By Gareth Edwards

Thursday, 30 January 2014

Revolutionary Hamsters and a Two-Hundred Ton Pie



Welcome to the blog that sets out to answer every question you could possibly have about anything ever. Because the universe won’t explain itself.

@tommo121 asked: All the time we hear about the success of certain fruit-named technology companies such as Apple and Blackberry. What ever happened to their less-successful competitors?
To observe that electronic devices are named after fruit is to tell only part of the story. Since the early days of computing there has been fierce disagreement over whether to name these futuristic machines with cool sounding combinations of letters and numbers or to call them after things that are nice to have for pudding. Alan Turing pioneered the latter approach, naming his enigma-code-busting machine a Bombe after the popular chocolate and ice-cream dessert. IBM dominated the business mainframe market in the 50s with its two-hundred ton Lemon-Meringue Pie, and the high water-mark was perhaps Hewlett Packard’s delivery to the Pentagon in 1962 of its awe inspiring defence computer Death-By-Chocolate. By the 80s though the market was dominated by electronic gizmos with more lettery-numbery names like ZX80, TI52 and R2D2, and sadly products like Tandy’s hand-held Banana and Custard or Sinclair’s Spotted Dick languished on the shelf. But just as the health conscious 21st century has seen fruit come to the fore as a dessert, so today’s fruit-named technology is in the vanguard and the future market looks set to be dominated by products such as the Apple iPie, Blackberry’s Personal Crumble and Amstrad’s possibly ill-judged No Thank You I’ll Have the Cheeseboard.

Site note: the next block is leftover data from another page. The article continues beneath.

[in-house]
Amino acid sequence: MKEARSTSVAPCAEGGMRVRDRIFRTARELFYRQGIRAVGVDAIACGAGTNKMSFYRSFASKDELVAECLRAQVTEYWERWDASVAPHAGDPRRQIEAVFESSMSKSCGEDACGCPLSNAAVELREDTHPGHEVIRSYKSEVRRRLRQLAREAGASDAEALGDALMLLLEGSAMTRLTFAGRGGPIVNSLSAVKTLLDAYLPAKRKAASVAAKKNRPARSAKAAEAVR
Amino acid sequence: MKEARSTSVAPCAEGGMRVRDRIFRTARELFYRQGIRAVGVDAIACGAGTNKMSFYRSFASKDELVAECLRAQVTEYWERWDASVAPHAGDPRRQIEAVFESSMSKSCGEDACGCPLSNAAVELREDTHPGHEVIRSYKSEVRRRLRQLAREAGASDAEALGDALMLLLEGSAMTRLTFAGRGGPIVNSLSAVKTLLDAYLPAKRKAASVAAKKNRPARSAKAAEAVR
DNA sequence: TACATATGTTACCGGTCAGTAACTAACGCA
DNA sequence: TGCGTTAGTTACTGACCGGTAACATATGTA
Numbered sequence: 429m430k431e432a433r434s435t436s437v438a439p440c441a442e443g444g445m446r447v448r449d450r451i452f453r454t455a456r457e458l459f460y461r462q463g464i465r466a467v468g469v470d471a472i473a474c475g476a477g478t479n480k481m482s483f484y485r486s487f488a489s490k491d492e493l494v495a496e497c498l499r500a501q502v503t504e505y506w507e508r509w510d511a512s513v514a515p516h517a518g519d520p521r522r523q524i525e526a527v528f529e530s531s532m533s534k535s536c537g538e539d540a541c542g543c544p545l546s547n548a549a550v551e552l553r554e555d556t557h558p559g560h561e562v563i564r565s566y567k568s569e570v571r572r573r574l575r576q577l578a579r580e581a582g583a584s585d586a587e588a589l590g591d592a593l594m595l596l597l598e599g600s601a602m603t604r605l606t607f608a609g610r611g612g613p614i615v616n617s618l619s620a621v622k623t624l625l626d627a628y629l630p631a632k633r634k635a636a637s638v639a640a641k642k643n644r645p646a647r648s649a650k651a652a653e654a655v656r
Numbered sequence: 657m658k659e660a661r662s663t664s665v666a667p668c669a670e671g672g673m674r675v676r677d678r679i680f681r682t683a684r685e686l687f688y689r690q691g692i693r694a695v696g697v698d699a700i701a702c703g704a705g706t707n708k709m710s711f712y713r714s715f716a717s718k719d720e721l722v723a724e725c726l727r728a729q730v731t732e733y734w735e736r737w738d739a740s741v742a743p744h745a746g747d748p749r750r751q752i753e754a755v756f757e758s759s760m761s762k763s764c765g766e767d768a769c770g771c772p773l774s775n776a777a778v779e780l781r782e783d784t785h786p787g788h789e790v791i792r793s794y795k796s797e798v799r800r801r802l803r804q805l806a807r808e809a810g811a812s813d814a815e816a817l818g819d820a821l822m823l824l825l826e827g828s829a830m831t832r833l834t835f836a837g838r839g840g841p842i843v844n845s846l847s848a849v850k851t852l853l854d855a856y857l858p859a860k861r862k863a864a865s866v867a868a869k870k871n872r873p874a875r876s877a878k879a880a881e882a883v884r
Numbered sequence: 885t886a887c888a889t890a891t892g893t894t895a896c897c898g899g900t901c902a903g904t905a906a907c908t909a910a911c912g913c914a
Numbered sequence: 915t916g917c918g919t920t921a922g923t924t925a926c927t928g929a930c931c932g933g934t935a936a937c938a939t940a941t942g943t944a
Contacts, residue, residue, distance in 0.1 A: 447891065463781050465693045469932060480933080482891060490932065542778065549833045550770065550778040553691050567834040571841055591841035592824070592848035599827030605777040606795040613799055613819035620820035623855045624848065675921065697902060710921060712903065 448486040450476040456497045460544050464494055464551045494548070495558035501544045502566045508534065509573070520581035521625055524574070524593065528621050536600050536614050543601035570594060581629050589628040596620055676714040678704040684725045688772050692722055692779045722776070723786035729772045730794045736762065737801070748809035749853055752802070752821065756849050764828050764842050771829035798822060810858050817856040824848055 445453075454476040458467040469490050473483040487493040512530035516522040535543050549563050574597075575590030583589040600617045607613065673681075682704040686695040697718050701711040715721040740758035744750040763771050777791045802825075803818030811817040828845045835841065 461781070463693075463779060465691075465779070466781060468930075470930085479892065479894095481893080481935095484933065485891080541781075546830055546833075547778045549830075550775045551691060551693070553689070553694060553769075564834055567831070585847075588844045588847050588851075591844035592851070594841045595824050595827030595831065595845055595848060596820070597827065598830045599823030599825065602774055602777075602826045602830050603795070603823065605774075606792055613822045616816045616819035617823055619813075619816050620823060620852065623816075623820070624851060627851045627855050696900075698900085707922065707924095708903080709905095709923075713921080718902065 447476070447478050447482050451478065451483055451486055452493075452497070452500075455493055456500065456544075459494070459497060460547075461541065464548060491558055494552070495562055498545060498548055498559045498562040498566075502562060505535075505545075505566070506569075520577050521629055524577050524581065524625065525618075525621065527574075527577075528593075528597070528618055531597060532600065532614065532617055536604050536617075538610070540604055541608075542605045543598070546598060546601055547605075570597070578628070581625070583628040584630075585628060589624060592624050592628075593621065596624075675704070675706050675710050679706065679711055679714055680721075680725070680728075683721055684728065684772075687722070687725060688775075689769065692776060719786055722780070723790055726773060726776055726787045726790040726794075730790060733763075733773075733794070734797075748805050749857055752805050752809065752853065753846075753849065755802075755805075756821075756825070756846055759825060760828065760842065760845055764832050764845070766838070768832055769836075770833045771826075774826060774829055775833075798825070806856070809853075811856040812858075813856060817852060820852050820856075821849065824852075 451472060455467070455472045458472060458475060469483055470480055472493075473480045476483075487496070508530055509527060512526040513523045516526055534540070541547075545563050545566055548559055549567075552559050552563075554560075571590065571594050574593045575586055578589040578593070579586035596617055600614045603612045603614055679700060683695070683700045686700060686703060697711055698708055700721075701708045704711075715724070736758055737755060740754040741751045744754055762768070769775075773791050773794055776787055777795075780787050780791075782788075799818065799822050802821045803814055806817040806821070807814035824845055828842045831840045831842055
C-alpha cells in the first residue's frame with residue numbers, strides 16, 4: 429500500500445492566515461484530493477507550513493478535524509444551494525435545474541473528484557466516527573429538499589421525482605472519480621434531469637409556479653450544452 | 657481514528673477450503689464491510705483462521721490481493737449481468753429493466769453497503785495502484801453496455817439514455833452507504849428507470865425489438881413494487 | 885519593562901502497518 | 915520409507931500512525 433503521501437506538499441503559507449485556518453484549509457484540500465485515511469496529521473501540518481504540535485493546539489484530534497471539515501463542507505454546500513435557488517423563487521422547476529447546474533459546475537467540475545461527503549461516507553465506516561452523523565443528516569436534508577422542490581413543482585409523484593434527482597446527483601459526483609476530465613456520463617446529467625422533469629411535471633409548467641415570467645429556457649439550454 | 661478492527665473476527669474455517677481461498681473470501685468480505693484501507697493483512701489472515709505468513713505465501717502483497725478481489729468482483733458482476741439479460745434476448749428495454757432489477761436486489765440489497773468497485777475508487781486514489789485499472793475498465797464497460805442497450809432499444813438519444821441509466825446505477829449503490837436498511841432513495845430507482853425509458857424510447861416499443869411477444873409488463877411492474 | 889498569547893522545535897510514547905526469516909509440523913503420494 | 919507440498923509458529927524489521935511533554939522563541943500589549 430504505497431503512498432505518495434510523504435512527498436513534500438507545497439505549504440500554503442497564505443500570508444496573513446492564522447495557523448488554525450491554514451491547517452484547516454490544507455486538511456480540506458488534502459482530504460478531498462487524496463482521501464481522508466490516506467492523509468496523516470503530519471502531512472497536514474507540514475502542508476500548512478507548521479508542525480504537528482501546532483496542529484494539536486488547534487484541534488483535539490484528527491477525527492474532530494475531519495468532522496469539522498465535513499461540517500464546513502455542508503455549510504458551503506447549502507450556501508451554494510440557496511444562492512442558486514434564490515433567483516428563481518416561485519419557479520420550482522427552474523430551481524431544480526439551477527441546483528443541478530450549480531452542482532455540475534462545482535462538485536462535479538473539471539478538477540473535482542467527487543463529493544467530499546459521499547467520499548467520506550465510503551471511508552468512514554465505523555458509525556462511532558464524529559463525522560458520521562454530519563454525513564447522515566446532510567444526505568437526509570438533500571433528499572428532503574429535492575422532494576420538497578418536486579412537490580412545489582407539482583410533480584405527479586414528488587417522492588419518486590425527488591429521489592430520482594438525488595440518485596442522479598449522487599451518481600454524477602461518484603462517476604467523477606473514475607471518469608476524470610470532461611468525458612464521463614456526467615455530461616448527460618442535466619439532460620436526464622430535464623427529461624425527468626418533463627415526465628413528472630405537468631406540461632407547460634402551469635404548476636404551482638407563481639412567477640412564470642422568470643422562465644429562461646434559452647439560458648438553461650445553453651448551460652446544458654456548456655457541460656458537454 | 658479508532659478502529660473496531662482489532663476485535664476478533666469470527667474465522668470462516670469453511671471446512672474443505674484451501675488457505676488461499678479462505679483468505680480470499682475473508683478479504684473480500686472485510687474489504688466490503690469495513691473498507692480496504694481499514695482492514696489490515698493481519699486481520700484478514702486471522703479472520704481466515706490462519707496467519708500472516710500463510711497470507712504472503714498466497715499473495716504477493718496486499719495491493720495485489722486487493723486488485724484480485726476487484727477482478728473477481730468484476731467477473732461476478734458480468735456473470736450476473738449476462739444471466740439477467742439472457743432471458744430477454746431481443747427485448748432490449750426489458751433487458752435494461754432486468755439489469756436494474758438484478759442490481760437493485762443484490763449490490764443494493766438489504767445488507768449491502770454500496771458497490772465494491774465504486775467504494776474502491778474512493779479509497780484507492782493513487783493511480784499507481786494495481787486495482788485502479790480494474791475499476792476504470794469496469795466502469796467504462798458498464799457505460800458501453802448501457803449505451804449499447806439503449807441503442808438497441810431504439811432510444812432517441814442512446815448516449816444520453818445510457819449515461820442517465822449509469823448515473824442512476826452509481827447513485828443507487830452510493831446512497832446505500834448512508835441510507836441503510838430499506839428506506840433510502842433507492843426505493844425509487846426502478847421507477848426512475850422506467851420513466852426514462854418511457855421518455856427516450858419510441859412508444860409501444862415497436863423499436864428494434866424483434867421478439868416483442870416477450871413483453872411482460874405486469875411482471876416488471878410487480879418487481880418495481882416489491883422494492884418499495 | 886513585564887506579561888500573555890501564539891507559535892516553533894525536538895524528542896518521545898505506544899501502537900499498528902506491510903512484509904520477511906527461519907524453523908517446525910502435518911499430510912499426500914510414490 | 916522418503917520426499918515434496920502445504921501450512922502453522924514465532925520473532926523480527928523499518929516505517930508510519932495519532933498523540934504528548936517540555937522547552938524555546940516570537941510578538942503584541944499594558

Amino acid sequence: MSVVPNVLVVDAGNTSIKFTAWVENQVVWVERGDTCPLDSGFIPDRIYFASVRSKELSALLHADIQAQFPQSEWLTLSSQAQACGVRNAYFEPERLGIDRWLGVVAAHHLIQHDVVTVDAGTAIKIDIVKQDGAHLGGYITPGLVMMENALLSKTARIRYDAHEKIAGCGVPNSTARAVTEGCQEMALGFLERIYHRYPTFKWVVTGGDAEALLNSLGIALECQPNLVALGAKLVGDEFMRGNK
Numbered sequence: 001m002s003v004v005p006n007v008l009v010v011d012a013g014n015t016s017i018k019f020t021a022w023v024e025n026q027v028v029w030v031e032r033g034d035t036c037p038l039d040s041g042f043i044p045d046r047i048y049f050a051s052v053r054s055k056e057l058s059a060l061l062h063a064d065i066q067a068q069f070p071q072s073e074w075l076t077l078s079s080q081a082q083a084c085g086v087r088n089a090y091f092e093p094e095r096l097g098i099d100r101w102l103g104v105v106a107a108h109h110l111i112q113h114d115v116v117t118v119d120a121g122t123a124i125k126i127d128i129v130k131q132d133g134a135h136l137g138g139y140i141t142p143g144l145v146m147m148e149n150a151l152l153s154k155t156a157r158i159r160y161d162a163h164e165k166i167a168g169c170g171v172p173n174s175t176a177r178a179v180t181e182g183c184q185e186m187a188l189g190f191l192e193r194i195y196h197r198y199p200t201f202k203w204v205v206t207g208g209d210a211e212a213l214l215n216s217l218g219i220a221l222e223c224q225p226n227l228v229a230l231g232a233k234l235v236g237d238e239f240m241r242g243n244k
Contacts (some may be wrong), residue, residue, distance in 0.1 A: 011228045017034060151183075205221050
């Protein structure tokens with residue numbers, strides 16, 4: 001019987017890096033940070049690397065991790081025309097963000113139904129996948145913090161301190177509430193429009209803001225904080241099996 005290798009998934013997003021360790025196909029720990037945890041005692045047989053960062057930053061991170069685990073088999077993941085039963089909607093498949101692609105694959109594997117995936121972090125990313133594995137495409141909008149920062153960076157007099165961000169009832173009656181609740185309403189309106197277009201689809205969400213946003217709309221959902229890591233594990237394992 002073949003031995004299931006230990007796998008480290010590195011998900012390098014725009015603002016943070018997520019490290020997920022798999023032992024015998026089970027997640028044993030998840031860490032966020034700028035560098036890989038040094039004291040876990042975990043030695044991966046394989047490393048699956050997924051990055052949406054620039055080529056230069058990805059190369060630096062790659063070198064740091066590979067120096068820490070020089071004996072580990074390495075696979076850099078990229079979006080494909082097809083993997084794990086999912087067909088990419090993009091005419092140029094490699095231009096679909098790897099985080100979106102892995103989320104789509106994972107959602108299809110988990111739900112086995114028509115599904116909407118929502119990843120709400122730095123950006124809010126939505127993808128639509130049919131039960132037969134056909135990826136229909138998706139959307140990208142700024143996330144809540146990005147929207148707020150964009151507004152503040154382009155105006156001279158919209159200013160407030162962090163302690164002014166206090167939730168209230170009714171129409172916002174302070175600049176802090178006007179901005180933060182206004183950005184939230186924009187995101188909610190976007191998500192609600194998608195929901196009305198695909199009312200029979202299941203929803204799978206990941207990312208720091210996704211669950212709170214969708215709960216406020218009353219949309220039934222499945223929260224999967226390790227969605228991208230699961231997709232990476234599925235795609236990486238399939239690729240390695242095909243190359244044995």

Nance asked: Has it always been cats vs. dogs in the battle for human affections?
The sad truth of the matter is that it should never have been cats versus dogs, as for centuries the two species had happily shared their hobbies of ruining furniture and licking things disgustingly while the humans looked on for some reason delighted. The cat/dog rivalry only truly began in 1897 and involved a row over who had eaten a three day-old Schnitzel that had gone missing from behind the back of some bins in a café in a suburb of Zagreb. This being the Balkans, what began as a bad-tempered scuffle between a portly Spaniel named Franz and a tabby named The Triumph of Pan-Slavism! quickly drew in cats and dogs from the surrounding area, pitting German Shepherd against Russian Blue, and eventually even dragging in Old English Sheepdogs, Burmese Cats and, ultimately, the vast might of the American Shorthairs. A century of feline/canine geopolitical rivalry followed that even now only just balances in a precarious cat/dog détente as they eye each other warily across the shredded curtain. But this isn’t the whole story. Recently discovered documents from the Belgrade Archive of Rodent History reveal that the Schnitzel had in fact simply been hidden by a gang of revolutionary hamsters. Their aim – to engineer a conflagration of cat/dog destruction across the globe,  and then to emerge all furry and blinking into the sunlight as humanity’s favourite surviving pet.

Sarah Pgce  asked: What would Sherlock Holmes smell like if he was real?

A lemon tree, my dear Watson.

Peggy Tryton asked: How does Santa know?

Santa Claus’s apparently uncanny insights into who has been naughty and who has been nice along with his endless supply of infant consumer durables have for centuries been the central plank of his strategy to win the hearts and minds of the world’s children. But it was only on Boxing Day 2013 that we began to understand where the information for his famous “twice-checked list” came from thanks to the courageous actions of Yuletide Cheer Technician Second Class Edward Snowman. Snowman fled Santa’s vast underground industrial complex at the North Pole and brought with him computer records revealing extensive sharing of child behavioural data with Mumsnet and information on vegetable consumption levels from the National Association of School Dinner Servers. Snowman has now been granted asylum by leading anti-Santa activist Jadis the White Witch. Speaking from her sinister castle of ice she said that “No amount “Ho ho ho!” can disguise the reality of Santa’s iron fist in a red furry glove.”